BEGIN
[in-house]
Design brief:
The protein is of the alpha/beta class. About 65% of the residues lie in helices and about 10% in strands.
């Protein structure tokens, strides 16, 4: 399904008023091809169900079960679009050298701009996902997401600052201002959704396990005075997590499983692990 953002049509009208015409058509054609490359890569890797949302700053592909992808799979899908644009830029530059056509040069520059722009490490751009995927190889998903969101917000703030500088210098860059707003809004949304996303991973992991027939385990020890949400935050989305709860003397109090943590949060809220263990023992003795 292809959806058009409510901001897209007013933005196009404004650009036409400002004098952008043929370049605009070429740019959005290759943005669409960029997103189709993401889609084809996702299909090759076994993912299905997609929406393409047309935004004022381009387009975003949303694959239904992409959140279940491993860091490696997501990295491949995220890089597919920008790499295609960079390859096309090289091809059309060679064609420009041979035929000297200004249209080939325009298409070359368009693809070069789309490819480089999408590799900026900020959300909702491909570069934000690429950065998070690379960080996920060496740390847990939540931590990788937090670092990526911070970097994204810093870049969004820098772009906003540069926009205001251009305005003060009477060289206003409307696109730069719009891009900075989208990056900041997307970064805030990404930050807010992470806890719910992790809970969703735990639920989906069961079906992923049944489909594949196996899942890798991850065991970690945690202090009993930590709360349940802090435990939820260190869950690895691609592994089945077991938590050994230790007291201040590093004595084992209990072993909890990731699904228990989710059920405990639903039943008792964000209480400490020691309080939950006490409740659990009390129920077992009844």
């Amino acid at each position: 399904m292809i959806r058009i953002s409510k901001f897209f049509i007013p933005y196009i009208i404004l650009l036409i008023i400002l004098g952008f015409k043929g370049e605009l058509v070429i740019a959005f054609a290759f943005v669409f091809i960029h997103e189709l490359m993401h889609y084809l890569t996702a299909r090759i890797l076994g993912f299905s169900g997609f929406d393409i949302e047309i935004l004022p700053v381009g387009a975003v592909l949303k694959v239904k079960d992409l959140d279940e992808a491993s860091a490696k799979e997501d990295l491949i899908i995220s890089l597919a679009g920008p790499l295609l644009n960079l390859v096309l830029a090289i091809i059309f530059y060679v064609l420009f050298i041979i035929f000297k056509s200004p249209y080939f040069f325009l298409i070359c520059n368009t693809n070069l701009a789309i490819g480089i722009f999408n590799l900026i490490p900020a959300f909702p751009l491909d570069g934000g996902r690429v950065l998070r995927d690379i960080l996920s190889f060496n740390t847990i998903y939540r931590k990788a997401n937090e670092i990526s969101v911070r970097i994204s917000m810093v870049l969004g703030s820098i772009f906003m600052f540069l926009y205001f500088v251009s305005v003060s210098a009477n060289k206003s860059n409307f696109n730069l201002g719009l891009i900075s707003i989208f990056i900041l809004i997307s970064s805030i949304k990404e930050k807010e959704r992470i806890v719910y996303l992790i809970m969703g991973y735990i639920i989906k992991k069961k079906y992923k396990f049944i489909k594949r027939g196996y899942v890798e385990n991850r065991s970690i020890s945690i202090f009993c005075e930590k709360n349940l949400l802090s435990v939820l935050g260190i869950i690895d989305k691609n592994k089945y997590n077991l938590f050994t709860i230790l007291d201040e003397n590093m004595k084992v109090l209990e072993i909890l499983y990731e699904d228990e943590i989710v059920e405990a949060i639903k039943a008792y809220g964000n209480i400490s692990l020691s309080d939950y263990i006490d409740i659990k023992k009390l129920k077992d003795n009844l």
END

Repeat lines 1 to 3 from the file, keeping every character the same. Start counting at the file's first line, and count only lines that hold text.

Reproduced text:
[in-house]
Design brief:
The protein is of the alpha/beta class. About 65% of the residues lie in helices and about 10% in strands.